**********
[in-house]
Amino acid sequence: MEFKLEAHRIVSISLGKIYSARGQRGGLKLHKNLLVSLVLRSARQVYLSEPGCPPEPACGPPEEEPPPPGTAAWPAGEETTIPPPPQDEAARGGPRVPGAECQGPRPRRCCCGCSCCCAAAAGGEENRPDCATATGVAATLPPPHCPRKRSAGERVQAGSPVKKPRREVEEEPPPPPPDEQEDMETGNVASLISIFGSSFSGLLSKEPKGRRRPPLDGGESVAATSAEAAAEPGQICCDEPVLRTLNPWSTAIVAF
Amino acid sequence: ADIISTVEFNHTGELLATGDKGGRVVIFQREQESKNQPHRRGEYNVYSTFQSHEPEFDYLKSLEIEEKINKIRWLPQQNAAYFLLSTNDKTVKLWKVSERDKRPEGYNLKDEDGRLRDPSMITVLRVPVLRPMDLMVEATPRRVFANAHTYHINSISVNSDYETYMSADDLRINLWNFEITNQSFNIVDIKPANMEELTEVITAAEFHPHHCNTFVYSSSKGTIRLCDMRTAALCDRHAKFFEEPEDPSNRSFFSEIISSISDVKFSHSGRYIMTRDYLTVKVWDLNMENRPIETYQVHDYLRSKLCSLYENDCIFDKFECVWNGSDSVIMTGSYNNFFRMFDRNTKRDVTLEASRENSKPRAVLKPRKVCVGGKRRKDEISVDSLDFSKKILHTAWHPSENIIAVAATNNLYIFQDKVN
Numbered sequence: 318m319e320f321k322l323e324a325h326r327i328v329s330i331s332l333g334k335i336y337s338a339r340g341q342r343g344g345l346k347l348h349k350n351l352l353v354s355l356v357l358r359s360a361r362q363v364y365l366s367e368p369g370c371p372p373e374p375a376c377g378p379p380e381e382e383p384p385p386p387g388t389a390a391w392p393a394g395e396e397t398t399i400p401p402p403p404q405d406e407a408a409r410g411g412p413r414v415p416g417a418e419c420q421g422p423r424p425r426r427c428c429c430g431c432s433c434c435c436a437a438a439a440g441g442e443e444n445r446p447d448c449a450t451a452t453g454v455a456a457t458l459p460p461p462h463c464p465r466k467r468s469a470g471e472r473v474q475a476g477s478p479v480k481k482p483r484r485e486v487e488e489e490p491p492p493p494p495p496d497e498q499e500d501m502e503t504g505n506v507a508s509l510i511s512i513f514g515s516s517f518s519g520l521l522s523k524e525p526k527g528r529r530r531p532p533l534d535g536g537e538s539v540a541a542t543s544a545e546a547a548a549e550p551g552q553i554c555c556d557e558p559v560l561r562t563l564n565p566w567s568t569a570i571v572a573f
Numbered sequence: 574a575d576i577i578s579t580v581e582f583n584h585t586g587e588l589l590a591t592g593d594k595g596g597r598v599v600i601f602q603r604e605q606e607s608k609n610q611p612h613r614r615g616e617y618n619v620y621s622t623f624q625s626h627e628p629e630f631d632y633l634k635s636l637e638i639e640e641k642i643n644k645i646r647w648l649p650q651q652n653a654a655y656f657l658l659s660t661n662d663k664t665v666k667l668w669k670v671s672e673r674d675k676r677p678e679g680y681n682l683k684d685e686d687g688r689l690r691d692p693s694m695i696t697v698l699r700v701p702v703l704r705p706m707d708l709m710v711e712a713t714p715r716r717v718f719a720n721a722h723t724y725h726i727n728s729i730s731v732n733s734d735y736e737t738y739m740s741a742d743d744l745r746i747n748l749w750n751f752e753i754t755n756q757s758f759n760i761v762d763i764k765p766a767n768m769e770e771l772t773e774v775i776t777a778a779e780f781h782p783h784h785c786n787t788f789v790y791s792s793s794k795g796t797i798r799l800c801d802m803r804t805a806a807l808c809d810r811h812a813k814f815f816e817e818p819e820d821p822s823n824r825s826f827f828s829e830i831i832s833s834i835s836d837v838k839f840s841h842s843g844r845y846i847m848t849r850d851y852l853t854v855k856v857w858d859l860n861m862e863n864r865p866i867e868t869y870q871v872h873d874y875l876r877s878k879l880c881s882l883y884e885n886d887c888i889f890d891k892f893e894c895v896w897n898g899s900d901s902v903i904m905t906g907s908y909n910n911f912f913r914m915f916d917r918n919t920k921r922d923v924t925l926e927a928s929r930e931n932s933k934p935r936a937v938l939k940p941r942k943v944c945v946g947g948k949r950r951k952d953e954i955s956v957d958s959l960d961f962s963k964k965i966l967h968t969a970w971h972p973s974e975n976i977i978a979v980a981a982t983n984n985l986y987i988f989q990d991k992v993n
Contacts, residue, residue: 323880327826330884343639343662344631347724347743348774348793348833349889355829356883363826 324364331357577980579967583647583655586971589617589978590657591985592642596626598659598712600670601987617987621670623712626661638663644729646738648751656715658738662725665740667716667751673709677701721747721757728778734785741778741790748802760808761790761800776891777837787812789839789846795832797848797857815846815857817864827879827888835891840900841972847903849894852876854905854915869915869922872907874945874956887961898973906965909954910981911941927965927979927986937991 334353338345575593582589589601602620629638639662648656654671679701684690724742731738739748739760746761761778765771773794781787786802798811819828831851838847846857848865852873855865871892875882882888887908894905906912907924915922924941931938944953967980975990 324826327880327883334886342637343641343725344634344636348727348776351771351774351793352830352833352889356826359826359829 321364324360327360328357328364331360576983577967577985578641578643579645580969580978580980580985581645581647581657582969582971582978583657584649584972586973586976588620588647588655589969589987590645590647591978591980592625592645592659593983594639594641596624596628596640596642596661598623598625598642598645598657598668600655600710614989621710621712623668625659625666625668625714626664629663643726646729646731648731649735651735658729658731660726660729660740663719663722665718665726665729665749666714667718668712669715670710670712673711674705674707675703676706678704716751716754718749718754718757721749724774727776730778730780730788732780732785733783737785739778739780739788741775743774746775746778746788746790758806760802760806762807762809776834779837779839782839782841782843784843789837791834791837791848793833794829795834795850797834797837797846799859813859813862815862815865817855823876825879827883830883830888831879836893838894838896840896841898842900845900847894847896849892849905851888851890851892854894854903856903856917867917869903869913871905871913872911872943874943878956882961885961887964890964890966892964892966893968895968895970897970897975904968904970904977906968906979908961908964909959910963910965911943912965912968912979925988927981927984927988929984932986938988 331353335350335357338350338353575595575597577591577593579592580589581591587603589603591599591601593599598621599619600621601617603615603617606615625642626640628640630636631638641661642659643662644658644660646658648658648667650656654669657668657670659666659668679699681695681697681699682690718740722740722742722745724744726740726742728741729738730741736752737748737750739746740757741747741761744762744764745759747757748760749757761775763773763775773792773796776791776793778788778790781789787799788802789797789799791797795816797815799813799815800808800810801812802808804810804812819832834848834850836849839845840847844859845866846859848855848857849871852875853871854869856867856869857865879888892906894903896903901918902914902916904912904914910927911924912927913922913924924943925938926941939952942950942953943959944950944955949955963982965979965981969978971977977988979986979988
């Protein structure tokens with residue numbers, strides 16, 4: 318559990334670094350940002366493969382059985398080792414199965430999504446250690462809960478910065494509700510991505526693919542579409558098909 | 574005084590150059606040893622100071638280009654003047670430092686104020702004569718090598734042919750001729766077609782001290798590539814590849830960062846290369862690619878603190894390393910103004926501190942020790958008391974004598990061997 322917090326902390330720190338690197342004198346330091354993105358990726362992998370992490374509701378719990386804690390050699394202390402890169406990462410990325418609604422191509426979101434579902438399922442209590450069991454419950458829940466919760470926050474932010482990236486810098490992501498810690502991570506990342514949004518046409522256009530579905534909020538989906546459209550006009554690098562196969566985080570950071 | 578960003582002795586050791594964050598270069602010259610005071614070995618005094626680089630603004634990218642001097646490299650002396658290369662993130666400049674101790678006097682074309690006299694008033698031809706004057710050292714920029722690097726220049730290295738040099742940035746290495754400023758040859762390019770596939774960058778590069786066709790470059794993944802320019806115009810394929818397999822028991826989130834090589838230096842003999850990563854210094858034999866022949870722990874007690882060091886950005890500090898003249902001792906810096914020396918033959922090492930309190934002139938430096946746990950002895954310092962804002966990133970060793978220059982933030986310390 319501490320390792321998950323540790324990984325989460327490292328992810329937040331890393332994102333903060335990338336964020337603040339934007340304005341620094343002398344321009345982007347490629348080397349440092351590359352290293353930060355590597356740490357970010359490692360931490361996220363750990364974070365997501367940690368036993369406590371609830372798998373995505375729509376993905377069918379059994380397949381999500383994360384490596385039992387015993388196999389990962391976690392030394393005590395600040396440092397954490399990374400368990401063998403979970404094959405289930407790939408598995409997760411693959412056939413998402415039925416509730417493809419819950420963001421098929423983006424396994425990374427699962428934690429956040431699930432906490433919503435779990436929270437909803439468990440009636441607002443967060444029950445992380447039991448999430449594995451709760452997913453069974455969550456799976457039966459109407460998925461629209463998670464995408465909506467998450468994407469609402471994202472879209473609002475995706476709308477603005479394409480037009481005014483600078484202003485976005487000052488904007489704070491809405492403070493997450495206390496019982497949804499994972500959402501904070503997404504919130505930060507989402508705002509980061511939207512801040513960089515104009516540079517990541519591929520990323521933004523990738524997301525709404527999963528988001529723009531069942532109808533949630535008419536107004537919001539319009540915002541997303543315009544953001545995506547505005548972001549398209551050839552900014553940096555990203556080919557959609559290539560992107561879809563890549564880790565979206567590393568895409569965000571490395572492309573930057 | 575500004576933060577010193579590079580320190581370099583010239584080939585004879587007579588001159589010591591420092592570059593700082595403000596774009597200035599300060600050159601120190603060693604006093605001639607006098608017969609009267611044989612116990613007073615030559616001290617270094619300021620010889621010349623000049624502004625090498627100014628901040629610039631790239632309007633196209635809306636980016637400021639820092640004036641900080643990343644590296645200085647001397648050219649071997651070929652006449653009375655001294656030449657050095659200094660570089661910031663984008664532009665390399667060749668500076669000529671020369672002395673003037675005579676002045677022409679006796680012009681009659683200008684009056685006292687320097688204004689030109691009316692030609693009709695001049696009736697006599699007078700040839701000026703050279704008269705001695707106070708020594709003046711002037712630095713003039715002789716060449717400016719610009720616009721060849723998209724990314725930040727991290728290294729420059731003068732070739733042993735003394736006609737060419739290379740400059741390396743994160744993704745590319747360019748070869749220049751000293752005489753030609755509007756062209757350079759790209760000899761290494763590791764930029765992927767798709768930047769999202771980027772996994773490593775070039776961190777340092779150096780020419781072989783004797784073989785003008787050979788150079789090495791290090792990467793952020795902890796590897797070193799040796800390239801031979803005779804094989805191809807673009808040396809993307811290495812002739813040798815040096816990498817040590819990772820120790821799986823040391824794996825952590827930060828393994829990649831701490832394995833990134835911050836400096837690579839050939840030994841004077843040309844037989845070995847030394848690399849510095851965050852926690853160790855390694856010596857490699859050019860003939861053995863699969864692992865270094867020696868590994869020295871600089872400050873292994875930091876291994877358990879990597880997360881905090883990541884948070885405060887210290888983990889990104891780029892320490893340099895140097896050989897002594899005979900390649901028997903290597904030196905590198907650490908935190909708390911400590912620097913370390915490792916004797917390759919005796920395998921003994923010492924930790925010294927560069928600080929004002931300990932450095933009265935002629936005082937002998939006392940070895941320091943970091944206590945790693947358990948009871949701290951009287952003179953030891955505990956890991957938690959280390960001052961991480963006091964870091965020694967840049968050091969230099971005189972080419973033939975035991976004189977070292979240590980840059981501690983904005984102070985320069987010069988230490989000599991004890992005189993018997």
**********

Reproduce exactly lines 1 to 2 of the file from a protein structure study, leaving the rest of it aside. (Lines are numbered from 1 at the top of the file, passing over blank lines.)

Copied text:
[in-house]
Amino acid sequence: MEFKLEAHRIVSISLGKIYSARGQRGGLKLHKNLLVSLVLRSARQVYLSEPGCPPEPACGPPEEEPPPPGTAAWPAGEETTIPPPPQDEAARGGPRVPGAECQGPRPRRCCCGCSCCCAAAAGGEENRPDCATATGVAATLPPPHCPRKRSAGERVQAGSPVKKPRREVEEEPPPPPPDEQEDMETGNVASLISIFGSSFSGLLSKEPKGRRRPPLDGGESVAATSAEAAAEPGQICCDEPVLRTLNPWSTAIVAF